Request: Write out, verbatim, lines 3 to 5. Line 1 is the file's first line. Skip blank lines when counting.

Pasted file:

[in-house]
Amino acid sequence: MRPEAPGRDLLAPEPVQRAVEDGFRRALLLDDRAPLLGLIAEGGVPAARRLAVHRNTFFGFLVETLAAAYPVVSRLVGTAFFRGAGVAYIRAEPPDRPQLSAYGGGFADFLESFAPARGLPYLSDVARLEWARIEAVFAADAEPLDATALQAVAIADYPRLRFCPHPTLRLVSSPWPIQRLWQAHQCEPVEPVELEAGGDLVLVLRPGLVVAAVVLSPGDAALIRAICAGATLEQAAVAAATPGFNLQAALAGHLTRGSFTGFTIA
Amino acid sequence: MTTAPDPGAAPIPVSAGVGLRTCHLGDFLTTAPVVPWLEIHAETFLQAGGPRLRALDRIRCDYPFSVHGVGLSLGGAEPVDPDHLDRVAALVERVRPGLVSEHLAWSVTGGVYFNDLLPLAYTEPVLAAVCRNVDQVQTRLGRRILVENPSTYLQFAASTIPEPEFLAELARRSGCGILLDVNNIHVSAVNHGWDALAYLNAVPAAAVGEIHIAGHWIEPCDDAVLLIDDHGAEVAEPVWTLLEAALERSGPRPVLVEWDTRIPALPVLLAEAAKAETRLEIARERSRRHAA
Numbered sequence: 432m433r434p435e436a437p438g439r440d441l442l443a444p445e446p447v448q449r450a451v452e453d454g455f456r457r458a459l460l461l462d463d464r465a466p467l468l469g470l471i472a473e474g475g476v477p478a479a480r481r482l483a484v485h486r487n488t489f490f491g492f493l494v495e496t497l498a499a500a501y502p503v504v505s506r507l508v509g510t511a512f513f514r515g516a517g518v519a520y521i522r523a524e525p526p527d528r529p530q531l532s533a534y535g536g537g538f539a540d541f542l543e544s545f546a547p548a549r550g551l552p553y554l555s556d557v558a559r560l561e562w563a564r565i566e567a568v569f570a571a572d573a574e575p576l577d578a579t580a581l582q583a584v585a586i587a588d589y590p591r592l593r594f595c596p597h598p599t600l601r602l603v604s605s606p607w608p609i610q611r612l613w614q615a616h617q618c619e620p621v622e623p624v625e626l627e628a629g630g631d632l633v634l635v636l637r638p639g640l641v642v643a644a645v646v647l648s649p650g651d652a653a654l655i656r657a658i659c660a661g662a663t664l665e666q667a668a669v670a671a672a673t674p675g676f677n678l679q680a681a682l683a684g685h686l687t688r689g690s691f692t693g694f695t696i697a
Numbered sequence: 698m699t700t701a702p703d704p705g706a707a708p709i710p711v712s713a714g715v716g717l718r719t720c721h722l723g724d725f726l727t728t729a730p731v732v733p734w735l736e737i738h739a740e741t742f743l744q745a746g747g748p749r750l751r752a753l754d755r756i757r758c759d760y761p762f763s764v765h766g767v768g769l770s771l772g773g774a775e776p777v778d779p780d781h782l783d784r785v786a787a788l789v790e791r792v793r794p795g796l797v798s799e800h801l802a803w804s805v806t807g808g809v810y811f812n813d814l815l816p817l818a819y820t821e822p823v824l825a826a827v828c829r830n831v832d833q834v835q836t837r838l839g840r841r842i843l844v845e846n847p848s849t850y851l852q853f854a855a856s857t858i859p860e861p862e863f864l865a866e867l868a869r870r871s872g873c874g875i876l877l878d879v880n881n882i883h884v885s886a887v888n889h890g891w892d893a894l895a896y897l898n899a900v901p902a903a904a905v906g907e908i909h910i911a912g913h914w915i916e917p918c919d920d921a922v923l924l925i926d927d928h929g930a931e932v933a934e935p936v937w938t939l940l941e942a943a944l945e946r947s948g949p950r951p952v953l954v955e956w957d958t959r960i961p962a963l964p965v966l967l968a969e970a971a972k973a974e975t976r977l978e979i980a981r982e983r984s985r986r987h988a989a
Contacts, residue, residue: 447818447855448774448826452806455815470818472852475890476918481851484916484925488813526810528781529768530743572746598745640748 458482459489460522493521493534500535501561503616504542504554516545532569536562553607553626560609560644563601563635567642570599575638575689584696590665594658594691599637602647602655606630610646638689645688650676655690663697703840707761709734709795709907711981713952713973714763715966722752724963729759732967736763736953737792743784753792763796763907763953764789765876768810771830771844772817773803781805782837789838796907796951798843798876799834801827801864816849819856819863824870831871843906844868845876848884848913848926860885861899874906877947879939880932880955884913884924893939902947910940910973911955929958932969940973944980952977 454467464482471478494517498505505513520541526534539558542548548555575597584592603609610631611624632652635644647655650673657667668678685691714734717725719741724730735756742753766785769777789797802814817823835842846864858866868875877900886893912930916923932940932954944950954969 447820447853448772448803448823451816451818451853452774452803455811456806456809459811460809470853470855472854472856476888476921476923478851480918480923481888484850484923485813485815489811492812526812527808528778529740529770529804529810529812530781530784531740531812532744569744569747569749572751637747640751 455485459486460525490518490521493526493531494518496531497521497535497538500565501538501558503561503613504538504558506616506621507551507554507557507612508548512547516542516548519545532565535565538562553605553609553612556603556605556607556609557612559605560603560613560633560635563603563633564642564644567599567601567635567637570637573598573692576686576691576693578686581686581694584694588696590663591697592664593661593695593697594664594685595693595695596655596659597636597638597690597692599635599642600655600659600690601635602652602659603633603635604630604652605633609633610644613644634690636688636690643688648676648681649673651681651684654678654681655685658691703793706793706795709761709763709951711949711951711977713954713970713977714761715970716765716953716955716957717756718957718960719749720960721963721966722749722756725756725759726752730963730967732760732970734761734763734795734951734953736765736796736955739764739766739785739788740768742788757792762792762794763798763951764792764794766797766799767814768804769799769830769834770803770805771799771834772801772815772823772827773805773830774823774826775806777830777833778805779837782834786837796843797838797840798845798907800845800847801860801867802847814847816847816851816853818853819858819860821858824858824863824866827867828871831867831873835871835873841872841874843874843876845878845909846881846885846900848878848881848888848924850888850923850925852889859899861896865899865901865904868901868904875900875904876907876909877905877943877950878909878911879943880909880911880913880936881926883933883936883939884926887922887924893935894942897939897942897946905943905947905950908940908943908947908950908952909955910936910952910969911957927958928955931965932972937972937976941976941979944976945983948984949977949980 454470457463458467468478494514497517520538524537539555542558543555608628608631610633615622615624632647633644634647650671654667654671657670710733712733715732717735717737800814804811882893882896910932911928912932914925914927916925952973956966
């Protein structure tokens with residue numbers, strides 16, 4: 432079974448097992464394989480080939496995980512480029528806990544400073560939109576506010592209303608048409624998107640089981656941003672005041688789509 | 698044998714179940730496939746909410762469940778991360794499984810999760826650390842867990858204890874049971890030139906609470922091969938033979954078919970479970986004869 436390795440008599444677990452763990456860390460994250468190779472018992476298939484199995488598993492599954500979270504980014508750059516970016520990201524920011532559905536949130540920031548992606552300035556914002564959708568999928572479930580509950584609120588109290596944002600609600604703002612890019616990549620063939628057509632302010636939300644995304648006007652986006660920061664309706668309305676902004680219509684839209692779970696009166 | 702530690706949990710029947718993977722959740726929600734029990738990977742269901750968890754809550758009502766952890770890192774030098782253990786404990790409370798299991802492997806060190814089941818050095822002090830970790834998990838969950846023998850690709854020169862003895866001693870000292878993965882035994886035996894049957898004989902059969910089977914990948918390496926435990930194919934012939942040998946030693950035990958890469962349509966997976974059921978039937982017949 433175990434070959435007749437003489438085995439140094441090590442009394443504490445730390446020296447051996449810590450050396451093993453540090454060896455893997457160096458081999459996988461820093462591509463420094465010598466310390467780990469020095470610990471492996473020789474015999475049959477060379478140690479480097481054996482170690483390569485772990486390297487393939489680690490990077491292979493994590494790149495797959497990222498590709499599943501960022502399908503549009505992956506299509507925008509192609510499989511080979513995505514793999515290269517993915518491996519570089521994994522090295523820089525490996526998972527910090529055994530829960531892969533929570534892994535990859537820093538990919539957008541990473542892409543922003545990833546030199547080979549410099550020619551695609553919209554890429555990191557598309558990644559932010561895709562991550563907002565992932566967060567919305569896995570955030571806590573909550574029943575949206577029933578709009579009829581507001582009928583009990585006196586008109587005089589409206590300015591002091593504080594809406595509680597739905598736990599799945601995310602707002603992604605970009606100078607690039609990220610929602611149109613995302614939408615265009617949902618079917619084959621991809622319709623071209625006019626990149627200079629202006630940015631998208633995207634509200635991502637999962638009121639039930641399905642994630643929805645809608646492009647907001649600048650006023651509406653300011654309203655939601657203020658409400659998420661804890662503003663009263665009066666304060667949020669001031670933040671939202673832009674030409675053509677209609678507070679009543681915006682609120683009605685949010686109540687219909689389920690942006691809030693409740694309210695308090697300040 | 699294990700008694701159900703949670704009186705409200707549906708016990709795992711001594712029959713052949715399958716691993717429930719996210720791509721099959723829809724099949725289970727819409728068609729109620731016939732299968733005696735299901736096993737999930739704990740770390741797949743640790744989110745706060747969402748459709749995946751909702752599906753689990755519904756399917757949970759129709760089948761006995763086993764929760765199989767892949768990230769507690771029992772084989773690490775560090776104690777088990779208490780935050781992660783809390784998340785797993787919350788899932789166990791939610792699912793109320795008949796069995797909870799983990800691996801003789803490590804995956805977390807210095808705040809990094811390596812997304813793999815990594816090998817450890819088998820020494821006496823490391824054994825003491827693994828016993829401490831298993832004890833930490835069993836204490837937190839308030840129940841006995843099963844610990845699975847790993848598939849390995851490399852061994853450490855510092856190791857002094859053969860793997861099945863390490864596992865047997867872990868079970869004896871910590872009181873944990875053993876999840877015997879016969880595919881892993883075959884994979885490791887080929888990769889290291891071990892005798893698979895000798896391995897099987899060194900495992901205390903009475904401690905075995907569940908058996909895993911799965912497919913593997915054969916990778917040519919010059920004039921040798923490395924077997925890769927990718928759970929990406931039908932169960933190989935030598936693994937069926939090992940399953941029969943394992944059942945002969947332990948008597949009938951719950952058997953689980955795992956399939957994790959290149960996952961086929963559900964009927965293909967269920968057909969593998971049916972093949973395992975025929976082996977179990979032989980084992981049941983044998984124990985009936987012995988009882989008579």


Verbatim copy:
Amino acid sequence: MTTAPDPGAAPIPVSAGVGLRTCHLGDFLTTAPVVPWLEIHAETFLQAGGPRLRALDRIRCDYPFSVHGVGLSLGGAEPVDPDHLDRVAALVERVRPGLVSEHLAWSVTGGVYFNDLLPLAYTEPVLAAVCRNVDQVQTRLGRRILVENPSTYLQFAASTIPEPEFLAELARRSGCGILLDVNNIHVSAVNHGWDALAYLNAVPAAAVGEIHIAGHWIEPCDDAVLLIDDHGAEVAEPVWTLLEAALERSGPRPVLVEWDTRIPALPVLLAEAAKAETRLEIARERSRRHAA
Numbered sequence: 432m433r434p435e436a437p438g439r440d441l442l443a444p445e446p447v448q449r450a451v452e453d454g455f456r457r458a459l460l461l462d463d464r465a466p467l468l469g470l471i472a473e474g475g476v477p478a479a480r481r482l483a484v485h486r487n488t489f490f491g492f493l494v495e496t497l498a499a500a501y502p503v504v505s506r507l508v509g510t511a512f513f514r515g516a517g518v519a520y521i522r523a524e525p526p527d528r529p530q531l532s533a534y535g536g537g538f539a540d541f542l543e544s545f546a547p548a549r550g551l552p553y554l555s556d557v558a559r560l561e562w563a564r565i566e567a568v569f570a571a572d573a574e575p576l577d578a579t580a581l582q583a584v585a586i587a588d589y590p591r592l593r594f595c596p597h598p599t600l601r602l603v604s605s606p607w608p609i610q611r612l613w614q615a616h617q618c619e620p621v622e623p624v625e626l627e628a629g630g631d632l633v634l635v636l637r638p639g640l641v642v643a644a645v646v647l648s649p650g651d652a653a654l655i656r657a658i659c660a661g662a663t664l665e666q667a668a669v670a671a672a673t674p675g676f677n678l679q680a681a682l683a684g685h686l687t688r689g690s691f692t693g694f695t696i697a
Numbered sequence: 698m699t700t701a702p703d704p705g706a707a708p709i710p711v712s713a714g715v716g717l718r719t720c721h722l723g724d725f726l727t728t729a730p731v732v733p734w735l736e737i738h739a740e741t742f743l744q745a746g747g748p749r750l751r752a753l754d755r756i757r758c759d760y761p762f763s764v765h766g767v768g769l770s771l772g773g774a775e776p777v778d779p780d781h782l783d784r785v786a787a788l789v790e791r792v793r794p795g796l797v798s799e800h801l802a803w804s805v806t807g808g809v810y811f812n813d814l815l816p817l818a819y820t821e822p823v824l825a826a827v828c829r830n831v832d833q834v835q836t837r838l839g840r841r842i843l844v845e846n847p848s849t850y851l852q853f854a855a856s857t858i859p860e861p862e863f864l865a866e867l868a869r870r871s872g873c874g875i876l877l878d879v880n881n882i883h884v885s886a887v888n889h890g891w892d893a894l895a896y897l898n899a900v901p902a903a904a905v906g907e908i909h910i911a912g913h914w915i916e917p918c919d920d921a922v923l924l925i926d927d928h929g930a931e932v933a934e935p936v937w938t939l940l941e942a943a944l945e946r947s948g949p950r951p952v953l954v955e956w957d958t959r960i961p962a963l964p965v966l967l968a969e970a971a972k973a974e975t976r977l978e979i980a981r982e983r984s985r986r987h988a989a